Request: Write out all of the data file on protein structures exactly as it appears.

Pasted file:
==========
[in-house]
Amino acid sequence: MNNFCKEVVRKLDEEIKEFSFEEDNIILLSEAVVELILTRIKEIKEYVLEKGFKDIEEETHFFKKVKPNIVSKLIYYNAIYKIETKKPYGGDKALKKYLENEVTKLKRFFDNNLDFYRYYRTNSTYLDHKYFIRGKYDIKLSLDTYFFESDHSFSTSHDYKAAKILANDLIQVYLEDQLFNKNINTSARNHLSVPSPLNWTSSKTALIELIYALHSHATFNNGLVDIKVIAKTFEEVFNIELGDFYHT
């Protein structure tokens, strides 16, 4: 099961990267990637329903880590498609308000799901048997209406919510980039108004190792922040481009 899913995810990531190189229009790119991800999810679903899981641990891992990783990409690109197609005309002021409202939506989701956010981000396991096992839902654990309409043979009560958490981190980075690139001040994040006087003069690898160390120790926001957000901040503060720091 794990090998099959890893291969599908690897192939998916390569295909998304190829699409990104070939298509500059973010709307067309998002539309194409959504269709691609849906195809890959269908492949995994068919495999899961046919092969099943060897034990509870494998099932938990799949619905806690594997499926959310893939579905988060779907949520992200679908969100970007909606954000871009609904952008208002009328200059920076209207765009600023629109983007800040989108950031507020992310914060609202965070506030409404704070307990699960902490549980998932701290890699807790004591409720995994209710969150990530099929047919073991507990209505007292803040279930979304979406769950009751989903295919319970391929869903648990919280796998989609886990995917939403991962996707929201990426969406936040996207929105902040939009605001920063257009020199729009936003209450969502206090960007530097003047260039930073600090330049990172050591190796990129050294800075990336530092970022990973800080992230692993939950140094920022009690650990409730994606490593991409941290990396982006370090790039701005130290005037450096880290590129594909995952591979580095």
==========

[in-house]
Amino acid sequence: MNNFCKEVVRKLDEEIKEFSFEEDNIILLSEAVVELILTRIKEIKEYVLEKGFKDIEEETHFFKKVKPNIVSKLIYYNAIYKIETKKPYGGDKALKKYLENEVTKLKRFFDNNLDFYRYYRTNSTYLDHKYFIRGKYDIKLSLDTYFFESDHSFSTSHDYKAAKILANDLIQVYLEDQLFNKNINTSARNHLSVPSPLNWTSSKTALIELIYALHSHATFNNGLVDIKVIAKTFEEVFNIELGDFYHT
């Protein structure tokens, strides 16, 4: 099961990267990637329903880590498609308000799901048997209406919510980039108004190792922040481009 899913995810990531190189229009790119991800999810679903899981641990891992990783990409690109197609005309002021409202939506989701956010981000396991096992839902654990309409043979009560958490981190980075690139001040994040006087003069690898160390120790926001957000901040503060720091 794990090998099959890893291969599908690897192939998916390569295909998304190829699409990104070939298509500059973010709307067309998002539309194409959504269709691609849906195809890959269908492949995994068919495999899961046919092969099943060897034990509870494998099932938990799949619905806690594997499926959310893939579905988060779907949520992200679908969100970007909606954000871009609904952008208002009328200059920076209207765009600023629109983007800040989108950031507020992310914060609202965070506030409404704070307990699960902490549980998932701290890699807790004591409720995994209710969150990530099929047919073991507990209505007292803040279930979304979406769950009751989903295919319970391929869903648990919280796998989609886990995917939403991962996707929201990426969406936040996207929105902040939009605001920063257009020199729009936003209450969502206090960007530097003047260039930073600090330049990172050591190796990129050294800075990336530092970022990973800080992230692993939950140094920022009690650990409730994606490593991409941290990396982006370090790039701005130290005037450096880290590129594909995952591979580095």